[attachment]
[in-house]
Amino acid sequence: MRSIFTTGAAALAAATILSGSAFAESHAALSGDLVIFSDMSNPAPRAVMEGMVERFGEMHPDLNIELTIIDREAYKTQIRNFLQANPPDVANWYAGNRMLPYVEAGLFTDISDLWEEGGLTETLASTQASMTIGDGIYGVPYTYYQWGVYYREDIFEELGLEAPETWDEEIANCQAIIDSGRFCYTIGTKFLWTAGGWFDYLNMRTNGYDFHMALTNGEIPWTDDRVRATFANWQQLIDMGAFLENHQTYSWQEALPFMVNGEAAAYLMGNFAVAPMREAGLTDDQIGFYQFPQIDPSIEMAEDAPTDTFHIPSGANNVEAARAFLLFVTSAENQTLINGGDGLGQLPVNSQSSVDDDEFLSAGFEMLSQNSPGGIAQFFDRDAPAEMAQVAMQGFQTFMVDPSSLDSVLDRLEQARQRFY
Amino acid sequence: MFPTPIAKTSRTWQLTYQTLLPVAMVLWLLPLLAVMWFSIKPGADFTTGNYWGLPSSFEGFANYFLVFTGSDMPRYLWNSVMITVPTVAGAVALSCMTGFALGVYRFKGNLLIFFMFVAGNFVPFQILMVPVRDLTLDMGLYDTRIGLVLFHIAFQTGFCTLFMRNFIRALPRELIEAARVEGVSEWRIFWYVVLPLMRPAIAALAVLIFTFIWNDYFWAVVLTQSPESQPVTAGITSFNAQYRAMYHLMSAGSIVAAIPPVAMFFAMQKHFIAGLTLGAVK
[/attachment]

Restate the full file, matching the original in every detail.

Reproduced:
[in-house]
Amino acid sequence: MRSIFTTGAAALAAATILSGSAFAESHAALSGDLVIFSDMSNPAPRAVMEGMVERFGEMHPDLNIELTIIDREAYKTQIRNFLQANPPDVANWYAGNRMLPYVEAGLFTDISDLWEEGGLTETLASTQASMTIGDGIYGVPYTYYQWGVYYREDIFEELGLEAPETWDEEIANCQAIIDSGRFCYTIGTKFLWTAGGWFDYLNMRTNGYDFHMALTNGEIPWTDDRVRATFANWQQLIDMGAFLENHQTYSWQEALPFMVNGEAAAYLMGNFAVAPMREAGLTDDQIGFYQFPQIDPSIEMAEDAPTDTFHIPSGANNVEAARAFLLFVTSAENQTLINGGDGLGQLPVNSQSSVDDDEFLSAGFEMLSQNSPGGIAQFFDRDAPAEMAQVAMQGFQTFMVDPSSLDSVLDRLEQARQRFY
Amino acid sequence: MFPTPIAKTSRTWQLTYQTLLPVAMVLWLLPLLAVMWFSIKPGADFTTGNYWGLPSSFEGFANYFLVFTGSDMPRYLWNSVMITVPTVAGAVALSCMTGFALGVYRFKGNLLIFFMFVAGNFVPFQILMVPVRDLTLDMGLYDTRIGLVLFHIAFQTGFCTLFMRNFIRALPRELIEAARVEGVSEWRIFWYVVLPLMRPAIAALAVLIFTFIWNDYFWAVVLTQSPESQPVTAGITSFNAQYRAMYHLMSAGSIVAAIPPVAMFFAMQKHFIAGLTLGAVK